All that is there in Dharakhoh is an eerie sense of quiet. There are close to 200 train movements here each day and yet not one can manage to spoil the tranquility of this place. There would be a million other places like this one around the world, but none quiet like Dharakhoh. One moonlit night I plan to go back to Dharakhoh and sit on a rock on the hill overlooking the tracks. I plan to smoke some weed and hear the rheostatic brakes of a descending set of bankers scream through the Mahadeo hills. There is no reason for me to do that, for Dharakhoh is virtually in the middle of nowhere, and that's precisely why I want to go there.......

16 comments:

Bharath M said...

Brilliant piece of descriptive writing! And as you say, there ain't another place on this planet like Dharakhoh.

ps: why don't you link to the photos we took. You can be excused for railway geekery this time :-)

chandni said...

well done! its a great post...

Even though u say its in the middle of nowhere...your writing makes one want to visit nevertheless :)

ps: I am coming along next time...

Anonymous said...

Let me know the next time you go.
Q.

Pareshaan said...

Very nice, reminds of Bond's Time Stops at Shamli.

Ravi said...

This is nice.

I have travelled on that route a few times, and I vividly remember Dharakhoh. I guess its because the train stops there, and more so because the strange name of that place. You've given the origin of the name, but I always thought that people usually get lost here, hence the name. I also remember Ghoradongri.

I remember seeing a very old and huge tree on the platform of Dharakhoh. Is it still there? The platform itself is a clearing of land between the track and the dense jungle beyond.

Thanks for refreshing my memory.

Vrij said...

Lovely piece of writing..

Shruthi said...

Beautifully written!

Anonymous said...

what a great post this is...absolutely superb...sort of mystifies the reader about Dharakoh...why don't you put up some pics (if you have some) to go along with this post? like you, i am also a rail enthusiast....there's an unmistakable touch of Ruskin Bond in you....according to Bond, India can be truly discovered not in its giant smelly noisy cities but in the quiet towns and suburbs ..places which are, as you say, in the middle of nowhere. please keep posting such great stuff.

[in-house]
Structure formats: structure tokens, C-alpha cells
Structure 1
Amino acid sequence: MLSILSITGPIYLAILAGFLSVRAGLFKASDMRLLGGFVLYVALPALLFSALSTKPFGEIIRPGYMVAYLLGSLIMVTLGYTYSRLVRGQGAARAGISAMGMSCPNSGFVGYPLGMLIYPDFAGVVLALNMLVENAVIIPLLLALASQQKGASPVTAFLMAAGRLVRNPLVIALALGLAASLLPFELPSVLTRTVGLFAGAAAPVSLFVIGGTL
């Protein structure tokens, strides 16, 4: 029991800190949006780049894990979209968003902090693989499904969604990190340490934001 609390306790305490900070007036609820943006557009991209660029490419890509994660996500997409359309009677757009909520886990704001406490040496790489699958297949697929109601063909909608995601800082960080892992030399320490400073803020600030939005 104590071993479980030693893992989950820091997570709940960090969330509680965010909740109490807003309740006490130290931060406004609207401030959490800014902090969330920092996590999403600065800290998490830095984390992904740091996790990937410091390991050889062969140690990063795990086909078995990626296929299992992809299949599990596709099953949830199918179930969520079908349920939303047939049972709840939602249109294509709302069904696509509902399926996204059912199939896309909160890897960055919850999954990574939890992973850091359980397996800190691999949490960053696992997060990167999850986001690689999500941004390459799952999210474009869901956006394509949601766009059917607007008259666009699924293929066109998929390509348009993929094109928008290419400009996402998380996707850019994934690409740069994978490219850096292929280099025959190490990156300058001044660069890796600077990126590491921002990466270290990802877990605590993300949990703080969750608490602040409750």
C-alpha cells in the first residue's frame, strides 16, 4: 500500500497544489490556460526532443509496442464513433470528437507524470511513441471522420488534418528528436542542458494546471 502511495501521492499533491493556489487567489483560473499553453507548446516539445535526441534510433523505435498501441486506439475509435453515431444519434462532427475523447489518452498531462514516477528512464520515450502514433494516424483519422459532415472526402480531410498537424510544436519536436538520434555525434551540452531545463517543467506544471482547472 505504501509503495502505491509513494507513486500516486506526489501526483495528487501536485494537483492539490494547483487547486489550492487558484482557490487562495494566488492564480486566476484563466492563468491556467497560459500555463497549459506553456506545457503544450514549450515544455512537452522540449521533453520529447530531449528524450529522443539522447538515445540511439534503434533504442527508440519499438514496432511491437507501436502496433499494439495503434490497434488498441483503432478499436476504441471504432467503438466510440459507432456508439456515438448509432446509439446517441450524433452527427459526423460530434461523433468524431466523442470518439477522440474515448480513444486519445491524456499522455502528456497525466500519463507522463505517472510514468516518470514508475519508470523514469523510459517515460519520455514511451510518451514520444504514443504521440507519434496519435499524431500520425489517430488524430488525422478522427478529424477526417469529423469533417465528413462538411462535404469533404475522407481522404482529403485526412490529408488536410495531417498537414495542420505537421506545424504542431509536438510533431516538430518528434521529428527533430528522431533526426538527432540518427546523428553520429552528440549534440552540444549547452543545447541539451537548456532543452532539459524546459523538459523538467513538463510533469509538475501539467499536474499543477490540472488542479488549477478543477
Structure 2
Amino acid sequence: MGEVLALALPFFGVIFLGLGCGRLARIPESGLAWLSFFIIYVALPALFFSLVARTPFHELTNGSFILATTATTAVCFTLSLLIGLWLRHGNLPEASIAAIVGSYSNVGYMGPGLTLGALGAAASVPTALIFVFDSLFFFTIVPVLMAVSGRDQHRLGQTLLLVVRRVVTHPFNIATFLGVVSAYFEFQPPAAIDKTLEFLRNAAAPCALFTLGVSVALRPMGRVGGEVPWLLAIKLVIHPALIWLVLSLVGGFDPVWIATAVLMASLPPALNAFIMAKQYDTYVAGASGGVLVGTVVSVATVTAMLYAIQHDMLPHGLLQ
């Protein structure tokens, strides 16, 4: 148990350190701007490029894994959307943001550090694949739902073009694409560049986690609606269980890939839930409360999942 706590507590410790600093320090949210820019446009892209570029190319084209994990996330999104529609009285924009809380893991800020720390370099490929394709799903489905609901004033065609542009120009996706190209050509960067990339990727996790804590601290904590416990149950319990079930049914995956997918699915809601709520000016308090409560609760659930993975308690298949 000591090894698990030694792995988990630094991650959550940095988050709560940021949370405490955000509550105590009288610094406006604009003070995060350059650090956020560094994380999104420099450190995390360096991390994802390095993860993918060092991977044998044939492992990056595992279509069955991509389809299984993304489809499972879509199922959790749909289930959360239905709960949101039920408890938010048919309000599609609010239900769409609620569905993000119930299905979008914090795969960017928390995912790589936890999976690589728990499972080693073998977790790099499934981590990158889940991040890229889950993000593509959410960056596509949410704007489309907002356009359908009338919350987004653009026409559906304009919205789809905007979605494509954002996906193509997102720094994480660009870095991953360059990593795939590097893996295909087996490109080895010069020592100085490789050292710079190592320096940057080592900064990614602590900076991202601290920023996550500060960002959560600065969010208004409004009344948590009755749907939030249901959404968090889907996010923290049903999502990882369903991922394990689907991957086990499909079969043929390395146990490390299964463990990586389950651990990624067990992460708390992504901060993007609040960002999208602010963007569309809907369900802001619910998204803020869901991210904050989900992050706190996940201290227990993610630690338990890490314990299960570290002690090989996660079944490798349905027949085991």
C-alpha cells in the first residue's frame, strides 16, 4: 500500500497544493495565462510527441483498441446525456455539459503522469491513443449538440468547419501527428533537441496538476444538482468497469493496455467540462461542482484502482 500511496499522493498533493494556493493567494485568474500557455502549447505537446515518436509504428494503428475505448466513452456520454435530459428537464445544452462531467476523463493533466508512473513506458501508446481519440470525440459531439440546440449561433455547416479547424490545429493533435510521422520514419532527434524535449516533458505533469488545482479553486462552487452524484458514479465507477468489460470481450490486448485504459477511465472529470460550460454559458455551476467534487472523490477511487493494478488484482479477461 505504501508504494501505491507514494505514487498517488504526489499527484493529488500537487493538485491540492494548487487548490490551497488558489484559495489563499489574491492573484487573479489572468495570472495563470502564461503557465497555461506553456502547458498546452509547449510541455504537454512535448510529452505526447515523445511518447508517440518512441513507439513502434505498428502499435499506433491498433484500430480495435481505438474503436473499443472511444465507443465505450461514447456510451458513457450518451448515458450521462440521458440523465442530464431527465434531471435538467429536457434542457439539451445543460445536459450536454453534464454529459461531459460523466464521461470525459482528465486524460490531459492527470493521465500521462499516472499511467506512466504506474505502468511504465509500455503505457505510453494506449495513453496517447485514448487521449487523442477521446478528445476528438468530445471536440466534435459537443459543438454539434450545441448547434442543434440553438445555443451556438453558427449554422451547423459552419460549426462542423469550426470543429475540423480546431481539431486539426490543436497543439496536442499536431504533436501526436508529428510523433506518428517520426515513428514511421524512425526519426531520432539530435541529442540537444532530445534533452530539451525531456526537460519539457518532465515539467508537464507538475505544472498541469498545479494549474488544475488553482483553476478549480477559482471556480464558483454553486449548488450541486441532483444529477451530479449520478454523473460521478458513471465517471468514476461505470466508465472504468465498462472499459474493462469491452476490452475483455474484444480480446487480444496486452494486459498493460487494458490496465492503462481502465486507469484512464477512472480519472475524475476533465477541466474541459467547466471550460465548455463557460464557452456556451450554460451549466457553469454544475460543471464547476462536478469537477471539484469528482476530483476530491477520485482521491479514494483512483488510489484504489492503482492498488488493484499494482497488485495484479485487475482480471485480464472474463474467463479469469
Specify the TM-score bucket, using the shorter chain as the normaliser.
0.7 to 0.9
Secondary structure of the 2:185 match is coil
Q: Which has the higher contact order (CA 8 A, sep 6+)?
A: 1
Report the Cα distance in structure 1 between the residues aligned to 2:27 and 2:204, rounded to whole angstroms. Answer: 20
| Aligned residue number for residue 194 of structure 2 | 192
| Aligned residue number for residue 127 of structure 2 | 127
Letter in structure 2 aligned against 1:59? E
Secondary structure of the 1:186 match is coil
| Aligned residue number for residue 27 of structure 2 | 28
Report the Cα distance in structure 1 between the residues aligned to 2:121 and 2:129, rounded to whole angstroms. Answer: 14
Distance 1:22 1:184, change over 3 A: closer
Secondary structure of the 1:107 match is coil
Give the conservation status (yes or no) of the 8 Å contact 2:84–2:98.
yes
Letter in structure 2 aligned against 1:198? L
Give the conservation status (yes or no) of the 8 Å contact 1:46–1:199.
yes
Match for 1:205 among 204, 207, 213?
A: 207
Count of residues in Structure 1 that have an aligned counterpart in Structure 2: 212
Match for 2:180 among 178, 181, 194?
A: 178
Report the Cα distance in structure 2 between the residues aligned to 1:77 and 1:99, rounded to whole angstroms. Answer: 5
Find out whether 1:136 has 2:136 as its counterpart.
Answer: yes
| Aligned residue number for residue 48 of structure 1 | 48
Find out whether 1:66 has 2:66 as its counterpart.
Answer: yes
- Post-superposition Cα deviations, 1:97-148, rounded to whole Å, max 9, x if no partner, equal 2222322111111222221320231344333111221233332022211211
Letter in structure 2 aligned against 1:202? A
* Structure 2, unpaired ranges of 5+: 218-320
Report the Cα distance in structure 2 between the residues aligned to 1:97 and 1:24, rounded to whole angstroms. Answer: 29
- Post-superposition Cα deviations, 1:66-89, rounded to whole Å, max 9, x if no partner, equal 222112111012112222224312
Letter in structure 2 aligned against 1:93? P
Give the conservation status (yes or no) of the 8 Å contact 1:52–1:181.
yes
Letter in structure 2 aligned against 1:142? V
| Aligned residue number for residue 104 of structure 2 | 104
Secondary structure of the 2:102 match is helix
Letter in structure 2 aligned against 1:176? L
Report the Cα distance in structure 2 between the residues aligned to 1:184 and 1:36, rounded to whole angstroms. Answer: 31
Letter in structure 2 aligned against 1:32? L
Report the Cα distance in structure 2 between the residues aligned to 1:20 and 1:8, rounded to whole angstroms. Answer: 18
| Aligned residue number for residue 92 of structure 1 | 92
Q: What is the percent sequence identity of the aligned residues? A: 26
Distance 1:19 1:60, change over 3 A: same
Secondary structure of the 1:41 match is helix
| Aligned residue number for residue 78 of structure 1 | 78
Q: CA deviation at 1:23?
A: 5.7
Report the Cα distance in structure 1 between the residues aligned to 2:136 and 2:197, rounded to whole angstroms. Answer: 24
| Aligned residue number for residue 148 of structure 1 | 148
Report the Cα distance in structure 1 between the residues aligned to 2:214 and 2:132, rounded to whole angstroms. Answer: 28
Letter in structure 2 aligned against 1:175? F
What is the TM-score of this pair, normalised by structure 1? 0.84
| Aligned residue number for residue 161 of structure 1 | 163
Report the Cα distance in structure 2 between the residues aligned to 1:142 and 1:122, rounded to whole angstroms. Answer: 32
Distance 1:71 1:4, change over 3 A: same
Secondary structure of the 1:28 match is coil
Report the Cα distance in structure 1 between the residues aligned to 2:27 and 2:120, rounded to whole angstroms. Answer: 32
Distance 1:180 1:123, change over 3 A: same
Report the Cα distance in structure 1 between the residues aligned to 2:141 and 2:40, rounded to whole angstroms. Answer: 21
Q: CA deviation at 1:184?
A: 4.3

Anonymous said...

Hello Nomad...
I think this piece is brilliant...

what do you do? I couldnt help but notice the way you write about trains...

a sincere request...please post pics! Thanks nad continue writing!

Red Dee said...

Absolutely.



Its one place where time stands still.
Funny contradiction cos we are on a moving train. I've been travelling on the delhi bangalore for seven years and i still childishly lean on the door waiing for Maramjhiri. My train 2628 passes around sunset and everytime its a breathtaking view with a different hue (before sunset,after sunset at sunset.winter,monsoon summer..etc). i pass betul and i am at the door.. Hanging by the door and filling ones lungs with a deep draught of the fresh air....it undescribable. I want to live in one of those tunnels...

Sometimes I wish i get away from the world and then the last materialistic thing I'd do is use some influence and fill that vacancy after shyam sharan retires.

Since I have a guitar, you get some weed when you come along.

Parag Rai said...

Thanks for writing about the good place Dharakhoh. I belong to place Betul, Dharakhoh is part of Dist Betul and just 20 min away. This jorney through this exotic place is really worth. You can find the natures beauty here.

Sidhusaaheb said...

Dharakhoh definitely sounds like a place I would like to visit at some point of time.

Thanks for writing about it.

Swaran said...